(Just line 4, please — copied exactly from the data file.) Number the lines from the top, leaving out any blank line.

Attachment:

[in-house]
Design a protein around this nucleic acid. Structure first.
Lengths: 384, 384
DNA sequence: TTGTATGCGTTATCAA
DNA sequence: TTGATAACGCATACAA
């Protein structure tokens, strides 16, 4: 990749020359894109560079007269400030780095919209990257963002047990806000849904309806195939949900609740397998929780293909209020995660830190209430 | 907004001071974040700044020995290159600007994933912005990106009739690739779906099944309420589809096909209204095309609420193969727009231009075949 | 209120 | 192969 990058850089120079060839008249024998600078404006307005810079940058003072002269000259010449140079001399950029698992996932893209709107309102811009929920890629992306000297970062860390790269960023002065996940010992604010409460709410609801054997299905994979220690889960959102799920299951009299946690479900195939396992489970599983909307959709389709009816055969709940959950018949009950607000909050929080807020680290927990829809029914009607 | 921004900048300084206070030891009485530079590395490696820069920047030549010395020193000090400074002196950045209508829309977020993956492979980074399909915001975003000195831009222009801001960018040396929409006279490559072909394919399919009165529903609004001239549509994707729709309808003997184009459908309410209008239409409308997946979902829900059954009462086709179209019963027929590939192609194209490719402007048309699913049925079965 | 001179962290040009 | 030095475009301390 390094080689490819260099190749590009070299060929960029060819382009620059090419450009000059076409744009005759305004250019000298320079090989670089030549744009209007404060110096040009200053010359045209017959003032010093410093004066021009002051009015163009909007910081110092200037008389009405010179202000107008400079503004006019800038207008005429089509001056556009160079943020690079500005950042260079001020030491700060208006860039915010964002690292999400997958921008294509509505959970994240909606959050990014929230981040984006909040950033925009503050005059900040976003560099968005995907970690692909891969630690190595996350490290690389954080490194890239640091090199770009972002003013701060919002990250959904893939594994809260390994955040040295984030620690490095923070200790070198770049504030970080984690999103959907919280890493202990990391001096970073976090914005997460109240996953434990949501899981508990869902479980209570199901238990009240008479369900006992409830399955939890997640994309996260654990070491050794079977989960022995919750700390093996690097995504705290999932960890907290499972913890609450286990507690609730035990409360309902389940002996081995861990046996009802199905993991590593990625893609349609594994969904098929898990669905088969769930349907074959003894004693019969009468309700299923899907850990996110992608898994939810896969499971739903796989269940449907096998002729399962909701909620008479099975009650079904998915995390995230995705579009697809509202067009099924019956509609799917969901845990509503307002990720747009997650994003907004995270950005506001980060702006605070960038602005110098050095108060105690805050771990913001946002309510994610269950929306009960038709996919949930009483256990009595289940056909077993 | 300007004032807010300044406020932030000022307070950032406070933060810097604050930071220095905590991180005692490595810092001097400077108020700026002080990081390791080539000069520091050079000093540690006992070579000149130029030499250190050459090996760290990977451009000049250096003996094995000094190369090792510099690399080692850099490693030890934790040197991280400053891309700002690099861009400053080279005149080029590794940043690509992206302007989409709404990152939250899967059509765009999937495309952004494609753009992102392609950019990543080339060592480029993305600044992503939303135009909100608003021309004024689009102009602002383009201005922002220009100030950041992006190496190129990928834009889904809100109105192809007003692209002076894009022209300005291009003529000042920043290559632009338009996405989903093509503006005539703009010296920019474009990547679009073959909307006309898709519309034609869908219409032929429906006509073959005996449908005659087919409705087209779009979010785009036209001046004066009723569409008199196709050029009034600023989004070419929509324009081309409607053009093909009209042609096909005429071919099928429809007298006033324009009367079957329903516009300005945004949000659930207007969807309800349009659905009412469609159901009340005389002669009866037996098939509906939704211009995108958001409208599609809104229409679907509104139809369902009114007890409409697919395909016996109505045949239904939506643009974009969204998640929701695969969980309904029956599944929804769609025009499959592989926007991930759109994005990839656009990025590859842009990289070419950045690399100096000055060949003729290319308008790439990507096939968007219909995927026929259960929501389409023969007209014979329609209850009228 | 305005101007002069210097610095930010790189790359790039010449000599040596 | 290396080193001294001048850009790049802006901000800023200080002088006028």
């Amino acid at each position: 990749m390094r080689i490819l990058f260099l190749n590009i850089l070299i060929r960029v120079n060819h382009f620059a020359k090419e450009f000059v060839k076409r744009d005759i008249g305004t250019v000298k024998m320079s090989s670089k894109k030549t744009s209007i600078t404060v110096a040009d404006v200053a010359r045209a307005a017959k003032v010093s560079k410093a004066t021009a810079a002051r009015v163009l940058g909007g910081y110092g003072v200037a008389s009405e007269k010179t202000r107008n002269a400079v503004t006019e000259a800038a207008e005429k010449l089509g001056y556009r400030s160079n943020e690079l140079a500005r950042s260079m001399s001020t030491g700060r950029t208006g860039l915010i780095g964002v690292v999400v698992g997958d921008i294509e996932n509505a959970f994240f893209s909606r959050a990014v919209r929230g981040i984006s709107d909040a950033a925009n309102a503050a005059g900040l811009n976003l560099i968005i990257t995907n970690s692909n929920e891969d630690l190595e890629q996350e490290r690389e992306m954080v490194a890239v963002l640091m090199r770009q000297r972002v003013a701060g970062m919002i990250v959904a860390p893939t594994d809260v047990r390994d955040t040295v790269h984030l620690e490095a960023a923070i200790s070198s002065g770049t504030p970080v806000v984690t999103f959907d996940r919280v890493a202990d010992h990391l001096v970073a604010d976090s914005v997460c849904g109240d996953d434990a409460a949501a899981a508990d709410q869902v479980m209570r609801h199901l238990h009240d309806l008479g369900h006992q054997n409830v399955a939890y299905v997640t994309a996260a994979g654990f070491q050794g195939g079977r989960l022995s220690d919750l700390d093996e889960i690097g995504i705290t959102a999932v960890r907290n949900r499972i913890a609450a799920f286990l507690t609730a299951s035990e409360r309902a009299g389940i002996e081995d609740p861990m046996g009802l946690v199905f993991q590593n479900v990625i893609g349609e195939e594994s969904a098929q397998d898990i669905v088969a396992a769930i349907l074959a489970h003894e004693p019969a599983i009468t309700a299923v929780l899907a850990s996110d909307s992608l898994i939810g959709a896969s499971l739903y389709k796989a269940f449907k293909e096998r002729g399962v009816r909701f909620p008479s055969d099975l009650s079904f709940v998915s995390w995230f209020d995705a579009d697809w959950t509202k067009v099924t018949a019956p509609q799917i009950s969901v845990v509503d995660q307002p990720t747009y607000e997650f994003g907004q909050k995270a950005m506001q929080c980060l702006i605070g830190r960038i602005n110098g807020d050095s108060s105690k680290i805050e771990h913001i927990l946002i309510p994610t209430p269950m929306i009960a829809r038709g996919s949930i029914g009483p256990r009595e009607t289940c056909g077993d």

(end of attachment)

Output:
DNA sequence: TTGTATGCGTTATCAA